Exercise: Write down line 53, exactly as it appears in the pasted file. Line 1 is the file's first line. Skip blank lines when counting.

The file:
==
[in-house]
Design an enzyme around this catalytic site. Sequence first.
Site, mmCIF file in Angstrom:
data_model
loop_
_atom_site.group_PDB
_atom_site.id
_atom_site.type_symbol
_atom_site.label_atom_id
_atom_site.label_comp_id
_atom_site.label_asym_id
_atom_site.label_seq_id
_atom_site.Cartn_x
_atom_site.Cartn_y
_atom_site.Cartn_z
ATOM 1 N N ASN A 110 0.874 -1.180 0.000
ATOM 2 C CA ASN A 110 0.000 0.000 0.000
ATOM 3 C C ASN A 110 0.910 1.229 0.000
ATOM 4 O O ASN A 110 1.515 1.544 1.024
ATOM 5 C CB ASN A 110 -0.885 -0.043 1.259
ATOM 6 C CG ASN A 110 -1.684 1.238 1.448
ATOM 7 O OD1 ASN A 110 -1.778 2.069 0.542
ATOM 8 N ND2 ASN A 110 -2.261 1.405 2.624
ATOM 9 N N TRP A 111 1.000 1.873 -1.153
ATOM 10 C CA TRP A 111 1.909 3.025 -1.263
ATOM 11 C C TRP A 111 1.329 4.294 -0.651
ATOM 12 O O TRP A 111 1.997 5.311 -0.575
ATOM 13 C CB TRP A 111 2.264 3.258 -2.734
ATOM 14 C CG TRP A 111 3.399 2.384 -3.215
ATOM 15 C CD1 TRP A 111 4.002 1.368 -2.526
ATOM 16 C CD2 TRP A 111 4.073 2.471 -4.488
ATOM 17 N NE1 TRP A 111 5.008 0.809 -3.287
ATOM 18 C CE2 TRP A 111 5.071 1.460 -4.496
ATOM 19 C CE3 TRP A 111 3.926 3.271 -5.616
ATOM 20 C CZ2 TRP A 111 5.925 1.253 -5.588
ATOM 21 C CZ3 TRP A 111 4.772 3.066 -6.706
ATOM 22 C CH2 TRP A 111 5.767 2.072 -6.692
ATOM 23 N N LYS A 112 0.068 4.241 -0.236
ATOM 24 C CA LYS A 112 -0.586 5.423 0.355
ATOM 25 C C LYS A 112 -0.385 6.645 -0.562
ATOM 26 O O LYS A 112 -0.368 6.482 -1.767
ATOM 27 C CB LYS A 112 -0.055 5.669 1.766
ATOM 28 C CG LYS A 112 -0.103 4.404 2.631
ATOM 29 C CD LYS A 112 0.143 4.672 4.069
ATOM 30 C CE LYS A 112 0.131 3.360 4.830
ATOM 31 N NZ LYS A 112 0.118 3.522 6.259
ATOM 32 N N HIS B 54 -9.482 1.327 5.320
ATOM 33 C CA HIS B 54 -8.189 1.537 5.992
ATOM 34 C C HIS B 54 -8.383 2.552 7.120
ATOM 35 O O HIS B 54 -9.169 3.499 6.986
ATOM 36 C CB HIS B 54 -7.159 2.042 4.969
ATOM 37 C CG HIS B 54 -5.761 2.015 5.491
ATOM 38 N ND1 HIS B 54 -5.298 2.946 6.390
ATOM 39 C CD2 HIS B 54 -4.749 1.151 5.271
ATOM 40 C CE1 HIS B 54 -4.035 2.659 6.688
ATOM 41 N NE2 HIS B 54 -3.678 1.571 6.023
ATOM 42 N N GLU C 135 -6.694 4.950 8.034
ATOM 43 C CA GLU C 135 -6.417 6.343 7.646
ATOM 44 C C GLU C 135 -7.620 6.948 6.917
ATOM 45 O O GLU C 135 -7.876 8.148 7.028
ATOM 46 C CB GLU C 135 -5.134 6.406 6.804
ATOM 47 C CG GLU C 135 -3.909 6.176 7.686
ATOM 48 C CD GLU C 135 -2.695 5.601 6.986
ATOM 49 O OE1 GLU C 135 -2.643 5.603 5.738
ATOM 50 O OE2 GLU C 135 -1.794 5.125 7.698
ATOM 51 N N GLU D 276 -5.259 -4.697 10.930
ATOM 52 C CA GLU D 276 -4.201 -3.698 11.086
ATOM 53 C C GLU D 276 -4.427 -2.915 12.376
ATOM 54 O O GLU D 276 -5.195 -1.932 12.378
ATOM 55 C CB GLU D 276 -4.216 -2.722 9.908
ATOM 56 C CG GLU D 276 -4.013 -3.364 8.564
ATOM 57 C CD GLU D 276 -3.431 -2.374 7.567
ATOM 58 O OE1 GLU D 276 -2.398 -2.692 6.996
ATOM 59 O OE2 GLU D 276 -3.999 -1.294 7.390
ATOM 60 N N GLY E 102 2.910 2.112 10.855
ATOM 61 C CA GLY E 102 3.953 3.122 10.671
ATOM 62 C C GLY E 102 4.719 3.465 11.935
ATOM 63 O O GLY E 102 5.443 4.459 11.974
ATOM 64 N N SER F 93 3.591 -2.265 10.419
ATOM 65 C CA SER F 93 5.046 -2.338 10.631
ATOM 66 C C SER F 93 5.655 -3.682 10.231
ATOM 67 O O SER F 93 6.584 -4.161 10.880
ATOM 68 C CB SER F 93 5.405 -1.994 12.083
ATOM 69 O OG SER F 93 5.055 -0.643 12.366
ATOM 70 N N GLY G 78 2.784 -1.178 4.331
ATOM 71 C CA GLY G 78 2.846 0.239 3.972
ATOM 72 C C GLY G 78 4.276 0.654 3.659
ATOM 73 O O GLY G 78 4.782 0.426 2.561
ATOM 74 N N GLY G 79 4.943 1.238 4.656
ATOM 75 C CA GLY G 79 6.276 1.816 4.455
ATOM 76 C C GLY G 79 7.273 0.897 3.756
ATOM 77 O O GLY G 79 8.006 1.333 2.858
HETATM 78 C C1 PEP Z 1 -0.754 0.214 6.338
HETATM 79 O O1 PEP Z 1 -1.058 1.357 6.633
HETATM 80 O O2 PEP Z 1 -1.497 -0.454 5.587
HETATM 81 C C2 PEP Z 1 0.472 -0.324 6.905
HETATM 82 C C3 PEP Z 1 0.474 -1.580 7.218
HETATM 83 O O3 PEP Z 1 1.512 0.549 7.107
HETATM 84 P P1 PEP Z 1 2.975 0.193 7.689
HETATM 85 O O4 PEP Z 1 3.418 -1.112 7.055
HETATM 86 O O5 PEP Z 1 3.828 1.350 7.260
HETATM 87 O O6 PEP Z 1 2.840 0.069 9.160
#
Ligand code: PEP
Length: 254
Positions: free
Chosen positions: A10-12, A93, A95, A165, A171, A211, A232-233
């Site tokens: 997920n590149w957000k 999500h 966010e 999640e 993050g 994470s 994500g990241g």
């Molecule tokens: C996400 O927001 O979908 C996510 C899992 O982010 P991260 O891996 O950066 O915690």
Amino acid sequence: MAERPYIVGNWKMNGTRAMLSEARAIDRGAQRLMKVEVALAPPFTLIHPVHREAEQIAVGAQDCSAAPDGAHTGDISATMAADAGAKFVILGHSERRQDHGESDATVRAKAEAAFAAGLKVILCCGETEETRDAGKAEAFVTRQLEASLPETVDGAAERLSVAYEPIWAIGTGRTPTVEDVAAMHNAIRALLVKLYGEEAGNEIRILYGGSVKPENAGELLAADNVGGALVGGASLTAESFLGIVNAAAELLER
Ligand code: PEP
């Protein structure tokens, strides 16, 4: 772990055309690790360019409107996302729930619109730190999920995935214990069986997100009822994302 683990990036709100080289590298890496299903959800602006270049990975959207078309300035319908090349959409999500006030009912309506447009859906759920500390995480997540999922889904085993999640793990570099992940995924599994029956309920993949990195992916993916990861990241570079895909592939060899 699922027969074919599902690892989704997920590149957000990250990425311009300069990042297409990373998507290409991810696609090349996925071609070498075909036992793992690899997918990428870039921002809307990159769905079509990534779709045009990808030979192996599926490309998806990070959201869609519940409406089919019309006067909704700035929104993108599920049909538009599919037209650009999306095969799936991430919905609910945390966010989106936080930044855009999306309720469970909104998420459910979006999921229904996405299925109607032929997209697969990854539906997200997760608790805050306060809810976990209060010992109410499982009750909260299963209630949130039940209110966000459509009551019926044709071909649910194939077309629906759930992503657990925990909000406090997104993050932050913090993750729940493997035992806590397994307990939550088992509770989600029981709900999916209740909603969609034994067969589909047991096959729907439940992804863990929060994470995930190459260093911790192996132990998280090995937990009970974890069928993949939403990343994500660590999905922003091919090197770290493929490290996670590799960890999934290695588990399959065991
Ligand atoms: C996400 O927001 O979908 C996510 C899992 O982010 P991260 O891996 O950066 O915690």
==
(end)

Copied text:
ATOM 38 N ND1 HIS B 54 -5.298 2.946 6.390